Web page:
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ZEISS DTI thermal imaging cameras. For more discoveries at night, and during the day.

sRGB or Adobe (1 Viewer)

If you are only posting images on the internet then srgb is fine,if you are printing out images or selling them commercially then Adobe.Adobe has a wider colour gamut.
A few things to remember:

If you are talking about your camera setting, sRGB/aRGB only affects in-camera JPG. If you shoot raw, it does not apply.

If you shoot aRGB but have a narrow gamut monitor, you will see false colors as your software tries to map the larger set of hues to a more constrained display. If you want to use aRGB or really see raw colors, you should get a wide gamut monitor. diglloyd.com has some good articles about this. Many of the newer Apple products have a wide-gamut display now, or there are the dedicated ones from many companies. I use a Benq 2700, which I got refurbished from them here in the states for a good price. There's a few things you want to consider, such as how it can be calibrated (and yes, you should also get a calibration device to keep it tuned up). See diglloyd.com articles.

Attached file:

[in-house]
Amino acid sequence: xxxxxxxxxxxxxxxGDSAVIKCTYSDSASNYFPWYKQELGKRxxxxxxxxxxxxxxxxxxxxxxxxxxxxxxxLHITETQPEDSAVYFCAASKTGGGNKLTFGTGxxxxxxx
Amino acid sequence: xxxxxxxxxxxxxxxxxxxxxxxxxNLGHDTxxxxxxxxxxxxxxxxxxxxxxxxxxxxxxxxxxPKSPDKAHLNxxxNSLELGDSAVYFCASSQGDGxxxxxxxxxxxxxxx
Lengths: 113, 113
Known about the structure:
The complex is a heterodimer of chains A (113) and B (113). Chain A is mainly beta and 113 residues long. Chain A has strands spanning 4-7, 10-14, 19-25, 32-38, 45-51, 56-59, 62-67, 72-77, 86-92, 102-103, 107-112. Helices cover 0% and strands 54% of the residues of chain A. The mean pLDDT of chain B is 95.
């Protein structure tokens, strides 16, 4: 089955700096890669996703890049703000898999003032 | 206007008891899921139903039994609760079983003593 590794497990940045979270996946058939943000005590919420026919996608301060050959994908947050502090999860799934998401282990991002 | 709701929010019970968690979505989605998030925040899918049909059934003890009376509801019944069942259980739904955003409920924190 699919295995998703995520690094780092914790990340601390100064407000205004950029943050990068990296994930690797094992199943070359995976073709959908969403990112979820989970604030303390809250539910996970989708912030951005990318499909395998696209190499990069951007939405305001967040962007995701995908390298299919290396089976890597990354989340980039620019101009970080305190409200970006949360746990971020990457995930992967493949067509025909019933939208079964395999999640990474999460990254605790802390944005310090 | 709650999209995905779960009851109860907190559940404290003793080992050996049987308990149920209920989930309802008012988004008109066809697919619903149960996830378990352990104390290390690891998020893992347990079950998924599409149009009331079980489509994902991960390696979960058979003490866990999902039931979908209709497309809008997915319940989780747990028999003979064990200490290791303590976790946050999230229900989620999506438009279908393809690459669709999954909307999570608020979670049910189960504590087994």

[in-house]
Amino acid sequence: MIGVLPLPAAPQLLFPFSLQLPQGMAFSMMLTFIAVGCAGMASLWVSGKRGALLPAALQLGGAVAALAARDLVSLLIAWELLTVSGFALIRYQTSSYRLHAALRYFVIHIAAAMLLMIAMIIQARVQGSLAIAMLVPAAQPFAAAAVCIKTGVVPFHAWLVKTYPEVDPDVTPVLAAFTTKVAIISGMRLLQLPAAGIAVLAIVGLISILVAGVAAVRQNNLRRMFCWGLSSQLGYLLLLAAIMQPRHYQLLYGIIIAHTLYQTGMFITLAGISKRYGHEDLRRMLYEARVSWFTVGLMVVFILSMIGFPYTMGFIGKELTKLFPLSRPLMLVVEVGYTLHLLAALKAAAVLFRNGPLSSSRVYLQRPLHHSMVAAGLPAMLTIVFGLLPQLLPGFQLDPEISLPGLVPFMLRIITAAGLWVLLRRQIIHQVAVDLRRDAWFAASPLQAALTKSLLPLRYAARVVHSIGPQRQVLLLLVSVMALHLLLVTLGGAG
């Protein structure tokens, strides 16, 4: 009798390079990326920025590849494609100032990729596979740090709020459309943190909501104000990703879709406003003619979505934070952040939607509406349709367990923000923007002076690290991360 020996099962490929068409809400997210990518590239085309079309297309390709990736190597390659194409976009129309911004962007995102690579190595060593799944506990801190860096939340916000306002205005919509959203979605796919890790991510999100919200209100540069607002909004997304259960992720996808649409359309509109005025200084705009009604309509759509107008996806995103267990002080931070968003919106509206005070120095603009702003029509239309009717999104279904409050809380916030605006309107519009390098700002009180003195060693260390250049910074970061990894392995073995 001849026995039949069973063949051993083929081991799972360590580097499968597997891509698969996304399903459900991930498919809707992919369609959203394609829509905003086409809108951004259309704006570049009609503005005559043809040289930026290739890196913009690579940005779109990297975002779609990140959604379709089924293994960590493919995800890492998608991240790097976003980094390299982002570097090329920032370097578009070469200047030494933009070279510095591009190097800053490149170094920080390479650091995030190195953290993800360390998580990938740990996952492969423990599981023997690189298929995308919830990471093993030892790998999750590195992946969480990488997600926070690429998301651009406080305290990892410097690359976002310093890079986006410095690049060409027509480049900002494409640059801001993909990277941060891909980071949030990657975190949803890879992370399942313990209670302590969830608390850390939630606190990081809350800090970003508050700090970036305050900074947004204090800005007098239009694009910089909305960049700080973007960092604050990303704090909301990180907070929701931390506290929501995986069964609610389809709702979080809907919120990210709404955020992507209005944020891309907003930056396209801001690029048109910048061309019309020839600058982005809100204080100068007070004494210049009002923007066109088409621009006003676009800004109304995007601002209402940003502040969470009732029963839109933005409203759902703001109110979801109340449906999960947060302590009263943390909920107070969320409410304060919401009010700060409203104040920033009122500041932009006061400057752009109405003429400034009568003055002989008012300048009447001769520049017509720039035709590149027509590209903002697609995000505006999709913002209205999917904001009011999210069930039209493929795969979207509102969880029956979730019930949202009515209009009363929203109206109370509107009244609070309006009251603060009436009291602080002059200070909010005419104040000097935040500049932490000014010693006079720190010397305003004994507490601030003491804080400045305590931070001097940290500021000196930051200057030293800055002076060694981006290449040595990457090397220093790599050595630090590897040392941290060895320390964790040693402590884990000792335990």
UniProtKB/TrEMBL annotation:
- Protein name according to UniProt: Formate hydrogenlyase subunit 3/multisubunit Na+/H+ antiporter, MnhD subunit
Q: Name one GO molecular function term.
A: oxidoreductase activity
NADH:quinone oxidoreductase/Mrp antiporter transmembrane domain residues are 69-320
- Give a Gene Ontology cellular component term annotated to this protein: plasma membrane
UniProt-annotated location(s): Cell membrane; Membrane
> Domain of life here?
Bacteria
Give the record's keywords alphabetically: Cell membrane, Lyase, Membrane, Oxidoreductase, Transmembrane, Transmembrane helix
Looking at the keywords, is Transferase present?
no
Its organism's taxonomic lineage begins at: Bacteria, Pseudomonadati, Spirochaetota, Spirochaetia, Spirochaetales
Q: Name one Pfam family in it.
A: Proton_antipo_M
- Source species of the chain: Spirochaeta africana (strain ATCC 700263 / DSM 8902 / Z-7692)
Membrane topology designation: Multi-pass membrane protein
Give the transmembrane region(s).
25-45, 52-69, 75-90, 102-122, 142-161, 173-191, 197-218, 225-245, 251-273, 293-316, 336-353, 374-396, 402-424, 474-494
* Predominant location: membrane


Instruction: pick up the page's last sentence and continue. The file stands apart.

As the previous poster mentioned, for on-line display you must use sRGB as that is what everyone can view and the colors will look wrong to people if you use aRGB, at least for what you export and post. For prints, especially fine art or metallic prints (which I really love!), exporting to aRGB as per your print shop requirements will give you better prints.

So, just to make it clear, raw files have the max color gamut of the camera, and aRGB comes in second, then sRGB. In your photo editing software, you will work in some color space (e.g. sRGB, aRGB, ProPhoto RGB), which could be wider or narrower than the original file (hopefully not narrower). It will try to render the colors as best it can from that color space onto your monitor, but your monitor might not be able to show them accurately. When you are ready to export your photo, you can select what color space to use for the export. For on-line, that is pretty much always sRGB. For print, it is usually aRGB (assuming the original was at least aRGB and the editing was at least aRGB).

Another helpful article is https://photographylife.com/srgb-vs-adobe-rgb-vs-prophoto-rgb

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